Daddies, help a mama-to-be out! - Mothering Forums

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#1 of 17 Old 11-06-2006, 07:24 PM - Thread Starter
 
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In short, what was the labor process like for you?

How involved did you feel, and what would have made you feel more involved?

Is there anything you feel you could have done differently?

I'm really excited about DP being involved as muuuuuuch as possible, and he is too! What would you suggest?

Thanks!!!!
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#2 of 17 Old 11-07-2006, 02:49 PM
 
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A stiff drink, and a train ticket... LOL... j/k

I wouldn't have traded being there for anything...

There are only a few things that I can suggest...

1. Stay by her side... No matter what!
2. You know her (mommy), you love her (mommy).. you know how to talk to her, and the things that make her feel better... Use those tools...
3. Ask Questions... if you don'y understand what is going on..ASK.

oh and the most important, and something I discovered during labor.... Mommy is going to be angry, and in pain: : .. it is going to be exhausting... Be there for her, but also CALM DOWN... If you are over excited, you might miss something crucial , let her be the one over-excited.. if you are calm and collected, then you can comfort her easier.


We are all in this together... I am pulling for ya --- Red Green


I am not a huge sports fan, but this analogy helped me....

This is the final game and we (Daddies) are behind the count... It the bottom of the ninth, and there are two outs... Are we going out calmly and focused... or overexcited, and strike-out.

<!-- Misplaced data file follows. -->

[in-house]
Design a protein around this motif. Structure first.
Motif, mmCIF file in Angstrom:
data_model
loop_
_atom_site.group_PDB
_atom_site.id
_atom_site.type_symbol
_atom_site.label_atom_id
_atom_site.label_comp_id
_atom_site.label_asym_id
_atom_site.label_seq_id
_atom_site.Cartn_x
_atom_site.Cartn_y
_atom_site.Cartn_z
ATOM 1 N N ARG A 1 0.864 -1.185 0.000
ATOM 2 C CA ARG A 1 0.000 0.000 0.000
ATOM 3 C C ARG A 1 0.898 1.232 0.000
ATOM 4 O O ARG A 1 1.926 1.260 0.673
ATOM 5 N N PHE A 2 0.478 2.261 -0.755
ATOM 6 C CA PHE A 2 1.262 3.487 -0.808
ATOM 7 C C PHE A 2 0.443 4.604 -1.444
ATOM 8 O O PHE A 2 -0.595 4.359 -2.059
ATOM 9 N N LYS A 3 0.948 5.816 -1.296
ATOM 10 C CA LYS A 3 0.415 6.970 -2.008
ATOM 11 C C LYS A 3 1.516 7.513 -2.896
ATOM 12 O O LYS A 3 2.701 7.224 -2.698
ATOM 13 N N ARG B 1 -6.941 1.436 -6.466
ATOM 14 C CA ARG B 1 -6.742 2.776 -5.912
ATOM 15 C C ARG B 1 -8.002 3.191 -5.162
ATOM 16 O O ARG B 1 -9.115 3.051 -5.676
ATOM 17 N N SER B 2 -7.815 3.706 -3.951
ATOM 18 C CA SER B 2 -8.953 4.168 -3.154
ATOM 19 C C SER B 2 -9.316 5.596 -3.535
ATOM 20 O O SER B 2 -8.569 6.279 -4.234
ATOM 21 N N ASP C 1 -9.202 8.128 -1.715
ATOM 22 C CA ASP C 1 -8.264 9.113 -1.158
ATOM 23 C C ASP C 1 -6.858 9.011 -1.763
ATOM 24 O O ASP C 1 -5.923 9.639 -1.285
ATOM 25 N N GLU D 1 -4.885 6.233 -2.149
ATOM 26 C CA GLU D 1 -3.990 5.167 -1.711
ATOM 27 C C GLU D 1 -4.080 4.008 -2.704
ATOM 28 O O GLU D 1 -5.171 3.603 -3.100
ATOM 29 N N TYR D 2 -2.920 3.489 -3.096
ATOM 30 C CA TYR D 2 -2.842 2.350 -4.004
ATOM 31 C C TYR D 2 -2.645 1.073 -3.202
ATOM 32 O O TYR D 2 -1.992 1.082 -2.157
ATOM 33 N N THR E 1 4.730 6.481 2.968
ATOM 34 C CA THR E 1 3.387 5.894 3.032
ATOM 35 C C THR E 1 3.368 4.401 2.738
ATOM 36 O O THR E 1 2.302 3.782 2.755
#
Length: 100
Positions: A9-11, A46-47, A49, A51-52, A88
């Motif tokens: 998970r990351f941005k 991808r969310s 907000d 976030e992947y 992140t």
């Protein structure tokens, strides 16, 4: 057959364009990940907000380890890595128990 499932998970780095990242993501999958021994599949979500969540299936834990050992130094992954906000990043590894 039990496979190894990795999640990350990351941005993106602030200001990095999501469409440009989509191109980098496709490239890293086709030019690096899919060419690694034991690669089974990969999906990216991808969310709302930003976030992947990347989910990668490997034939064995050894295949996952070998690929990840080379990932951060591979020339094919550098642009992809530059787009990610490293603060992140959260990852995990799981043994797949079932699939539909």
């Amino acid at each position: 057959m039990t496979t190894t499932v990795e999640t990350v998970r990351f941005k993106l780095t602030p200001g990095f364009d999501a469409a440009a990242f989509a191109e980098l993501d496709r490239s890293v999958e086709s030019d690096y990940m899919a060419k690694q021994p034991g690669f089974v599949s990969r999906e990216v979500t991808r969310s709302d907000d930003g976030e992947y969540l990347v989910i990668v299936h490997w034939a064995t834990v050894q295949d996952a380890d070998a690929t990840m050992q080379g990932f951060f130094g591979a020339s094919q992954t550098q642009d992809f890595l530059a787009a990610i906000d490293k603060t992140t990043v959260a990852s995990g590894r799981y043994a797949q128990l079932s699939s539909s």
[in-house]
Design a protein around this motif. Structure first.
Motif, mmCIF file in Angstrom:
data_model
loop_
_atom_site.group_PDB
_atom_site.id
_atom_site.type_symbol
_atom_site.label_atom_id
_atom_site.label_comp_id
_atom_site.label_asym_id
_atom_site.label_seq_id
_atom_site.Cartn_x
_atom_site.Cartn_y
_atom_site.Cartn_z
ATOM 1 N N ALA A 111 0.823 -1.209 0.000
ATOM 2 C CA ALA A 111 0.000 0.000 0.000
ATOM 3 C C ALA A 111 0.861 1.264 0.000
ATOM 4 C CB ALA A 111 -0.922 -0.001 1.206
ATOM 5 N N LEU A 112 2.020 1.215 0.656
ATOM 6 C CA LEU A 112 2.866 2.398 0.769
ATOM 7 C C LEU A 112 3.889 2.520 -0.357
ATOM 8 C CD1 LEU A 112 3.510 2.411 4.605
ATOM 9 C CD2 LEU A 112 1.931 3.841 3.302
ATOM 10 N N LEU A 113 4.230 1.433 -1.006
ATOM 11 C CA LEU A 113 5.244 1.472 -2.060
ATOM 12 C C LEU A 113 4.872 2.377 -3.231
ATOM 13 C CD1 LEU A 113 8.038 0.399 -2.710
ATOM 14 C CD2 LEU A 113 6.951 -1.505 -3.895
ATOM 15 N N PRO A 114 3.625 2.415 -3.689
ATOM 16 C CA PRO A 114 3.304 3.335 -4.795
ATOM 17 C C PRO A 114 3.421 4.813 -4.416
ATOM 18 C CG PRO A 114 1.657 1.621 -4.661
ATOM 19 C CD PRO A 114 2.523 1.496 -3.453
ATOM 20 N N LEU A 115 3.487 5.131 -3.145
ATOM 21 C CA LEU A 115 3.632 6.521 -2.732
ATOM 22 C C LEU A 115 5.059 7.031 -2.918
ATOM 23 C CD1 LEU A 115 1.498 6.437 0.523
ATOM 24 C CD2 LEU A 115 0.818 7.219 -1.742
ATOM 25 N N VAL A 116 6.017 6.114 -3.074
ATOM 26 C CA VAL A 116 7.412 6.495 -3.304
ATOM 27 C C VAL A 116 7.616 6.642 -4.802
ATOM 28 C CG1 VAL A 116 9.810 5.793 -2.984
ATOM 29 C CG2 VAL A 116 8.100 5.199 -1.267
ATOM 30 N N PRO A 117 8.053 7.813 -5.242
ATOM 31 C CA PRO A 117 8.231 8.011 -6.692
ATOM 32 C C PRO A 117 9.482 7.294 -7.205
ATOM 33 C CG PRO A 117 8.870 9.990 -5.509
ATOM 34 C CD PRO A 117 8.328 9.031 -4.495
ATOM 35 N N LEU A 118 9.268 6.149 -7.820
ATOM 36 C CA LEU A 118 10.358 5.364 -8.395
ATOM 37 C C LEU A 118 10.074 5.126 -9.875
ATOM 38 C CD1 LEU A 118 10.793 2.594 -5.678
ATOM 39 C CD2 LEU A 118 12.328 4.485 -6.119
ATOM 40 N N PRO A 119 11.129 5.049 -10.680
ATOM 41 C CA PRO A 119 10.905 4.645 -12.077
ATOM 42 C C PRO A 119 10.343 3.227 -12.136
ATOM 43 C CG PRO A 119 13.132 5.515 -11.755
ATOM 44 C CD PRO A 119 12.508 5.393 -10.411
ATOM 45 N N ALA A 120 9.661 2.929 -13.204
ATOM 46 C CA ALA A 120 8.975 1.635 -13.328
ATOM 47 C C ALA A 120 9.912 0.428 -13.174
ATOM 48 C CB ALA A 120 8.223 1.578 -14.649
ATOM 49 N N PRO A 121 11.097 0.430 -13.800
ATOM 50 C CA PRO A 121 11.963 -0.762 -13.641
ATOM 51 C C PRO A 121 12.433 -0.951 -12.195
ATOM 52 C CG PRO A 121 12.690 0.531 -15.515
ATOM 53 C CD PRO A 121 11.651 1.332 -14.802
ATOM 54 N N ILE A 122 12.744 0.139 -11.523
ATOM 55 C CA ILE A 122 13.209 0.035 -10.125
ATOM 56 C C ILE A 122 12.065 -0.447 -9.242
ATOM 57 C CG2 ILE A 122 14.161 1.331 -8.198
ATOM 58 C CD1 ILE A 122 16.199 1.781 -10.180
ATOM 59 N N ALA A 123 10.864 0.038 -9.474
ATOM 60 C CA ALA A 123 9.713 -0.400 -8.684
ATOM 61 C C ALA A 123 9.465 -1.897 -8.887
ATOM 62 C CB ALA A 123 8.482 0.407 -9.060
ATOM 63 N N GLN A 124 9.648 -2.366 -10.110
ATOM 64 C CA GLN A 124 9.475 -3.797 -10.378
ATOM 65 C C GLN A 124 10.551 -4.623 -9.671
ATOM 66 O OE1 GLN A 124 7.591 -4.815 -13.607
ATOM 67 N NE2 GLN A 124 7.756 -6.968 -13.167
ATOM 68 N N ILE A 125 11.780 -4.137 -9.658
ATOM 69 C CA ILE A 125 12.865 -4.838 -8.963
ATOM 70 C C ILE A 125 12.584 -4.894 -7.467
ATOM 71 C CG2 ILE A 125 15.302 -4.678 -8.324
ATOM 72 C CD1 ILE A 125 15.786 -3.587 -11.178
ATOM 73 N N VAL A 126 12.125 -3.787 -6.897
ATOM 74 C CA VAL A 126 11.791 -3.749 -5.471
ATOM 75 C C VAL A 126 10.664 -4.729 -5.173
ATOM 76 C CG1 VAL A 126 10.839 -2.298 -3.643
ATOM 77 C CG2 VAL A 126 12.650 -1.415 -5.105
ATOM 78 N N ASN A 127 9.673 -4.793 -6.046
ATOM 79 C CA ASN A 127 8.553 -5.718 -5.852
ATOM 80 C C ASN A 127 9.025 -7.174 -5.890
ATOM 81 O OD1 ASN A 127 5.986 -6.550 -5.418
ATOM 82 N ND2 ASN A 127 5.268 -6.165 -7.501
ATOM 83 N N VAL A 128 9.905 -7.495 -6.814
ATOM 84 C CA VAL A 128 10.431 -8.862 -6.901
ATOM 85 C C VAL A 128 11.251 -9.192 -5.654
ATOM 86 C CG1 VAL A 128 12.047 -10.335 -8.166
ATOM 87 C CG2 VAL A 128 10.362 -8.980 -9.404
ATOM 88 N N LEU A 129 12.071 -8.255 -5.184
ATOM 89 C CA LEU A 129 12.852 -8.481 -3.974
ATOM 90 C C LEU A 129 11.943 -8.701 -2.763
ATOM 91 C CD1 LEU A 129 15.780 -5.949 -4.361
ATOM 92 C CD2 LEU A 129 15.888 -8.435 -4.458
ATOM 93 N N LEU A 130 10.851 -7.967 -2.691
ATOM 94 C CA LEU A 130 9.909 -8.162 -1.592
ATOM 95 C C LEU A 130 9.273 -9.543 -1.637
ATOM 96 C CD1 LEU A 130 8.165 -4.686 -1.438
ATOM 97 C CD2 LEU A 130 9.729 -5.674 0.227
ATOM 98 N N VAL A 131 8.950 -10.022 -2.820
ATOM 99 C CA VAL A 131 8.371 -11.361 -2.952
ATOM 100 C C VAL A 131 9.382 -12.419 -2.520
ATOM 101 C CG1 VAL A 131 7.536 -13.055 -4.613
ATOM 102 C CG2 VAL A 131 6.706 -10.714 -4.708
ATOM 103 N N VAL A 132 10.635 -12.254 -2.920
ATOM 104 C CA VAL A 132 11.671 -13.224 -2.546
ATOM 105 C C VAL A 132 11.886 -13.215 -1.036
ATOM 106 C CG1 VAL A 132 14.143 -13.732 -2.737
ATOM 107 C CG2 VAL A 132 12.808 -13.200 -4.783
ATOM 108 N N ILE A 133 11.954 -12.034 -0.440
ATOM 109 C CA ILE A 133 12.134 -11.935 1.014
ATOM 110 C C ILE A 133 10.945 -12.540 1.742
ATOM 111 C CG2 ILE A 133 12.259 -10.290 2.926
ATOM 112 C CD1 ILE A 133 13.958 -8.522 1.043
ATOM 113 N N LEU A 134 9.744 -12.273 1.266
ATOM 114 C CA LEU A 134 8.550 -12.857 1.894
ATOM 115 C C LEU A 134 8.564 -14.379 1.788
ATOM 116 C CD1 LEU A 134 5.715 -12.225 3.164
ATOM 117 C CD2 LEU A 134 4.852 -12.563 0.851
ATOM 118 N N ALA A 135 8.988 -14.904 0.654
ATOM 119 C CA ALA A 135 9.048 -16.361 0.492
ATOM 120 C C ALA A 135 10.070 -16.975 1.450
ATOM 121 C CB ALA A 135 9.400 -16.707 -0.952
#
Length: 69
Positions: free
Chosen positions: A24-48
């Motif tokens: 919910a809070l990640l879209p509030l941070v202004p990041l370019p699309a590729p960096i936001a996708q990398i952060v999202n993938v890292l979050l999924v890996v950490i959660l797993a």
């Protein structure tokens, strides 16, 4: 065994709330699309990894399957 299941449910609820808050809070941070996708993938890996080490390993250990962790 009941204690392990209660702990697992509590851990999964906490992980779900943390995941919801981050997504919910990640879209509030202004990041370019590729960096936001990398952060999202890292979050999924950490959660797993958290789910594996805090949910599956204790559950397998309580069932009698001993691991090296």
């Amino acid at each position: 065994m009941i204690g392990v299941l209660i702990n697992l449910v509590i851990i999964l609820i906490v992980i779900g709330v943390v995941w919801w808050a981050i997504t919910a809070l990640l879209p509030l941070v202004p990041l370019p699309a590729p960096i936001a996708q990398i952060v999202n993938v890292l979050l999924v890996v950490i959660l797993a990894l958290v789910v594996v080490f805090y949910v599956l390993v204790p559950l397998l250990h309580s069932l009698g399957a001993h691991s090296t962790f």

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#3 of 17 Old 11-07-2006, 04:14 PM
 
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Not a daddy but... it's hard to say what you're going to want once you're actually IN labor. The best DH did was just be there- and let me call all the shots. He did exactly what I wanted, got me whatever I wanted, relayed to the nurses whatever I asked-- and he asked my permission before as much as going to the bathroom. lol. For once, he just didn't argue with me.

He really did just wing it and listened to what I was saying. The only thing he did that really irritated me was looking down and making "ewwww" faces.
(did I mention his ability to make me laugh really helped?) Overall- He did great.
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#4 of 17 Old 11-07-2006, 06:23 PM
 
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Be a butler! Take orders! Be there for every need she has.

I felt like i was taking in all the stress and doubt out of her (Mommy)...
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#5 of 17 Old 11-07-2006, 06:28 PM
 
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I got to be her advocate. We had a midwife home-water-birth so it is not like they did all kinds of stuff she didn't want them to, but I was by her side passing orders along and trying to make things comfortable for her.